A revision:

According to the comment of Nate Eldredge, in order to avoid the triviality, we revise the property $P$.

Assume that $A$ is a commutative unital Banach algebra. Its maximal ideal space is denoted by $\Delta_{A}$. For $a\in A$, the Gelfand transform of $a$ is denoted by $\hat{a}$. An element $a\in A$ is called an injective (constant) element if $\hat{a}$ is an injective(constant) function from $\Delta_{A}$ to $\mathbb{C}$. Consider the following property "$P$" for a commutative unital Banach algebra:

$A$ satisfies $P$ if $A$ has at least one injective element and the limit of every sequence of injective elements is either injective or constant.

The main motivation for this property (and this post) is that the algebra of all bounded holomorphic functions on a connected open subset of the plane, satisfies this property

Some questions:

1.What is an example of a commutative $C^{*}$ algebra, different from $\mathbb{C}$, with this property?

2.Does The disc algebra satisfies $P$?(We know that a limit of a sequence of injective holomorphic maps defined on an open connected set is either injective or constant. So I think that we should be carefull about the boundary points of the disc ). If the answer to this question is negative, is it true to say that every infinite dimensional banach algebra with this property is isomorphic to $Hol(U)$, the algebra of bounded holomorphic functions on an open subset of the plane?

3.Is there any relation between "existence of injective element in $A$" and the real or topological stable rank of $A$?

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    $\begingroup$ Property P could be satisfied vacuously. Consider the C* algebra $C(S^n)$ for n at least 2. There is no continuous injection from $S^n$ to C (by compactness it would be an embedding which is absurd) so there are no injective elements. $\endgroup$ May 15 '14 at 8:07
  • $\begingroup$ @NateEldredge thank you for your comment. it seems there are obstructions which are related to dimension(that is real or topological stable rank of the banach algebra.for example: is it true to say for real rank at least 3, there is no an injective element in a commutative unital banach algebra(not necessarily C* algebra)? $\endgroup$ May 15 '14 at 8:42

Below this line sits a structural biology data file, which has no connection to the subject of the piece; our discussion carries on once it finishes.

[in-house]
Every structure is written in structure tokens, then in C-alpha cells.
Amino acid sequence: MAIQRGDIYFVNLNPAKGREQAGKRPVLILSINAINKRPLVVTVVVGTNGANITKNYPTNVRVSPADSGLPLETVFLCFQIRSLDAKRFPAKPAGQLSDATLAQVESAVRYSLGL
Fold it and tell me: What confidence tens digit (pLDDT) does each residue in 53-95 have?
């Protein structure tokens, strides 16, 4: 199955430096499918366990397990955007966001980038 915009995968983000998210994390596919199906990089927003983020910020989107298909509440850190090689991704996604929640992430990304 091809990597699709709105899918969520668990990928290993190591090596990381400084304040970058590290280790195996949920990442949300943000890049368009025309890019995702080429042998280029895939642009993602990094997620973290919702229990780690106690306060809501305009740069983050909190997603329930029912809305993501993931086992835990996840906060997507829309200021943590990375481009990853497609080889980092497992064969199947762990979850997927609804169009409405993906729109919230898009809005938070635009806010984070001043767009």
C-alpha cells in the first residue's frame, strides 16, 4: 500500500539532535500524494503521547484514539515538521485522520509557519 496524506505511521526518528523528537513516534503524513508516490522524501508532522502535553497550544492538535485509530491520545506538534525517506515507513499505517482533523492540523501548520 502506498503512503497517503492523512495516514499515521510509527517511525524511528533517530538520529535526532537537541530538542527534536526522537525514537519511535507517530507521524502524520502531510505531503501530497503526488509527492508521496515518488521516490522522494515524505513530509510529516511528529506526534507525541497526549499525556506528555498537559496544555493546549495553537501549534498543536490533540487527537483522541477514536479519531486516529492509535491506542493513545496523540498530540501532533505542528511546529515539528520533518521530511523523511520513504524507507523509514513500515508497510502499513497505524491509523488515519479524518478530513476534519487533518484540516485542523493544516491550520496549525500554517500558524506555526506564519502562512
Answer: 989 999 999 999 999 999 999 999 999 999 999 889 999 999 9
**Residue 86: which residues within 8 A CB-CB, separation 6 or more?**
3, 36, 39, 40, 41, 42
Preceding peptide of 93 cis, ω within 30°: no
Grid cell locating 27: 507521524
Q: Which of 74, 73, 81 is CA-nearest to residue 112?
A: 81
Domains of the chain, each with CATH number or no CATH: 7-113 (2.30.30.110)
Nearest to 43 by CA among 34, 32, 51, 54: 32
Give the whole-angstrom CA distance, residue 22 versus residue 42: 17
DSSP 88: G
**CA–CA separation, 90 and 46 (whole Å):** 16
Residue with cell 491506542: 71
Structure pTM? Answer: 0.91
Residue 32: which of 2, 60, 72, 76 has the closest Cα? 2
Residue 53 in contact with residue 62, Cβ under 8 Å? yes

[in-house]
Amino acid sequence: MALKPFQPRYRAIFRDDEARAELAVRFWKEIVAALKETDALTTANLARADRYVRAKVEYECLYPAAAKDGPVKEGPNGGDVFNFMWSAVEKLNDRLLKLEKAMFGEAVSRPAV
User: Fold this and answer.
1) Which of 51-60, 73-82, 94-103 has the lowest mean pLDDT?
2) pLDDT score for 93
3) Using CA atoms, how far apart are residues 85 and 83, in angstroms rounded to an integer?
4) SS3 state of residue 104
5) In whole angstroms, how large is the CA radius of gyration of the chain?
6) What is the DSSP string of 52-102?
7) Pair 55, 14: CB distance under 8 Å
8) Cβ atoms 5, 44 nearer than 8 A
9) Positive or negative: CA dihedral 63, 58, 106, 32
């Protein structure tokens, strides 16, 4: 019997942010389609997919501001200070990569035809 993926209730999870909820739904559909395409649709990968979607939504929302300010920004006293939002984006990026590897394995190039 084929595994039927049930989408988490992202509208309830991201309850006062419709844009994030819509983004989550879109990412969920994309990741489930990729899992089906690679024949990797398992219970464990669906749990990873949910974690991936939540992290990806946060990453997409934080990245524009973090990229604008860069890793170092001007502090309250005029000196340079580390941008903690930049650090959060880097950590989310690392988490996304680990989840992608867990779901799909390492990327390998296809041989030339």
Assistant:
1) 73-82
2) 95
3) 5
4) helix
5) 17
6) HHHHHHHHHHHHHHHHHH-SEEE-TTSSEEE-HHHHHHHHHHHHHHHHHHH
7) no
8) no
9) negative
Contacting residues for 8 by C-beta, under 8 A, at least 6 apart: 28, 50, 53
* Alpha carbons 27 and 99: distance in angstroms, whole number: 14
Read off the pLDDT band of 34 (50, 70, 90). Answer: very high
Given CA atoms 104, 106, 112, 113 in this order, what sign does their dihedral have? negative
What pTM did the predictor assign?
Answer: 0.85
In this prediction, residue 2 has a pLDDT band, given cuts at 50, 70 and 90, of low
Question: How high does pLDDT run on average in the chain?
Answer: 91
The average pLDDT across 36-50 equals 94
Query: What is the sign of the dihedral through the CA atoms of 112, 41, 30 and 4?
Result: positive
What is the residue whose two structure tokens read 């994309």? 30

• $\begingroup$ @NateEldredge So $C(S^{n}),\;\; n\geq 2$, as you said satisfies property $P$. because there is no an injective element. $C[0,1]$ or $C(S^{1}$ does not satisfy. (consider figure 8 space as alimit of topological circle $\endgroup$ May 15 '14 at 8:51
  • $\begingroup$ $\mathbb C^2$ has your revised property P. Maybe it would be helpful to discuss why you are interested in such properties? $\endgroup$ May 15 '14 at 14:24
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    $\begingroup$ Yes, I agree that $\mathbb{C}$ and $\mathbb{C}^2$ are the only commutative $C^*$ algebras with property P. I was going to sketch a proof but the details are tedious so I'll let you do it. At least for unital commutative $C^*$ algebras $C(K)$, any injective element of $C(K)$ is an embedding of $K$ into $\mathbb{C}$ as I mentioned, so $C(K)$ has an injective element iff $K$ is (homeomorphic to) a compact subset of $\mathbb{C}$. $\endgroup$ May 15 '14 at 15:05

$A(D)$ does not satisfy P. I will actually work on the upper semi-disk, but of course one could map things back to $D$. Consider $f_{\epsilon}(z)=1-z^2-i\epsilon z$. The other point with the same image as $z$ is $w=-z-i \epsilon$, which is never in the (closed) semi-disk if $z$ is, so all $f_{\epsilon}$ are injective and they converge to $f(z)=1-z^2$, which is not.

  • $\begingroup$ thank you for your answer. Are we sure that $f_{n}$ converges? $\endgroup$ May 16 '14 at 0:33
  • $\begingroup$ it is an equicontinuous familly so it has a subsequence converging? $\endgroup$ May 16 '14 at 0:39
  • $\begingroup$ Ali's comments refer to an earlier, less explicit version of my answer. $\endgroup$ May 16 '14 at 4:16

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